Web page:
|Year : 2008 | Volume
| Issue : 4 | Page : 317-318
Corneal edema following diode laser cyclophotocoagulation in an eye with secondary glaucoma
Harsh Kumar1, Shaifali Gupta2, Ashu Agarwal2
1 Glaucoma Services, Center for Sight and Apollo Hospitals, New Delhi, India
2 Apollo Hospitals, New Delhi, India
|Date of Submission||15-Jun-2007|
|Date of Acceptance||19-Sep-2007|
|Date of Web Publication||19-Jun-2008|
Director Glaucoma Services, Center for Sight, B 5/24 Safderjang Enclave, New Delhi
Source of Support: None, Conflict of Interest: None
A 70-year-old man had undergone a complicated cataract extraction followed by repair of iris prolapse ending up with secondary glaucoma. Refusing routine filtering surgery, patient underwent contact transconjunctival diode laser cyclophotocoagulation. This report highlights the occurrence of corneal edema restricted to the inferior half of cornea following a diode laser cyclophotocoagulation performed in the inferior 180 degrees. The necessity to perform a routine specular microscopy in all such cases is highlighted, especially in eyes with good visual acuity.
Keywords: Corneal edema, cyclophotocoagulation, diode laser
|How to cite this article:|
Kumar H, Gupta S, Agarwal A. Corneal edema following diode laser cyclophotocoagulation in an eye with secondary glaucoma. Indian J Ophthalmol 2008;56:317-8
Transscleral diode laser cyclophotocoagulation (cyclodiode) has been established as a relatively safe and effective intervention for glaucoma resistant to conventional management. ,,, The procedure has become increasingly popular in recent years for refractory glaucoma as an alternative to the surgical options such as antimetabolite augmented trabeculectomy and tube shunt surgery. Reported success rates by various criteria ranged from 38-85%. ,,, Usually, it is performed at a fixed distance from the corneoscleral limbus with a specially designed contact probe, without visualization of the ciliary body.  , The desired effect (as with other lasers used in this field) is thermal heating and coagulation necrosis of the ciliary epithelium (laser cyclophotocoagulation). However, the laser scleral transmission is increased by the contact method (compared with the non-contact method), allowing for less total energy application while obtaining the same desired effect.  Complications reported include phthisis, chronic hypotony, corneal graft decompensation, macular pucker, cystoid macular edema, hyphema, vitreous hemorrhage, loss of visual acuity, retinal detachment, conjunctival burns, uveitis, and ocular pain.  ,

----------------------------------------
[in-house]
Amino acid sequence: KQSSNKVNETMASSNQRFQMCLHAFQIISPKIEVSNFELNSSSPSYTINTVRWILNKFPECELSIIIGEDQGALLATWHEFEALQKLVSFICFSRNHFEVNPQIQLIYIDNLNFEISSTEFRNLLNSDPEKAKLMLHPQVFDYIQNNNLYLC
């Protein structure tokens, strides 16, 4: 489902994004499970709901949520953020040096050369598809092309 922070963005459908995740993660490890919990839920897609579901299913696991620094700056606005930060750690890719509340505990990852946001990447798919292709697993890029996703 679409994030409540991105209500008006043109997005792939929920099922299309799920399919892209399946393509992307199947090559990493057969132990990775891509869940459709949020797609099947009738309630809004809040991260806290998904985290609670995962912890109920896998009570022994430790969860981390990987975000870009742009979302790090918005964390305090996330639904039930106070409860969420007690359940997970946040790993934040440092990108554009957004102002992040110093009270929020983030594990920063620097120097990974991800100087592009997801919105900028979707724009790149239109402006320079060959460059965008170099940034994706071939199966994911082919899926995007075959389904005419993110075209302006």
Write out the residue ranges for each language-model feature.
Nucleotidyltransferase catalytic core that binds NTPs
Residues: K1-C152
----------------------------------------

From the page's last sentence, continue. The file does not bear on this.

We report a case of corneal edema following contact diode laser cyclophotocoagulation. There exist very few reports of corneal edema  and corneal decompensation following this procedure in world literature. 
| Case Report|| |
A 70-year-old male patient presented to us with pain and redness in right eye for one month. He had undergone cataract operation elsewhere following which he had iris prolapse. Repeat surgery was done for iris prolapse, after which he developed macular scarring and secondary glaucoma. Medications had failed to control his intraocular pressure.
Visual acuity of the right eye was finger-counting two meters. Intraocular pressure (IOP) of the right eye was 40 mm Hg on maximal medical therapy (dorzolamide-timolol combination in twice daily dosage, bimatoprost at night, brimonidine eye drops in thrice daily dosage and oral acetazolamide in four times daily dosage).
The examination of the right eye revealed a clear cornea with a 12 o'clock cataract wound. The pupil was irregular with 6 mm dilatation and an intraocular lens (IOL) in the sulcus. The macula showed retinal pigment epithelial changes with macular scarring. The disc revealed a cup to disc ratio of 0.6:1 in the right eye.
Examination of left eye revealed a visual acuity of 20/20 and IOP of 14 mm of Hg. The eye had undergone an IOL implantation a year back with cornea being clear, IOL in position and the fundus revealing no abnormality.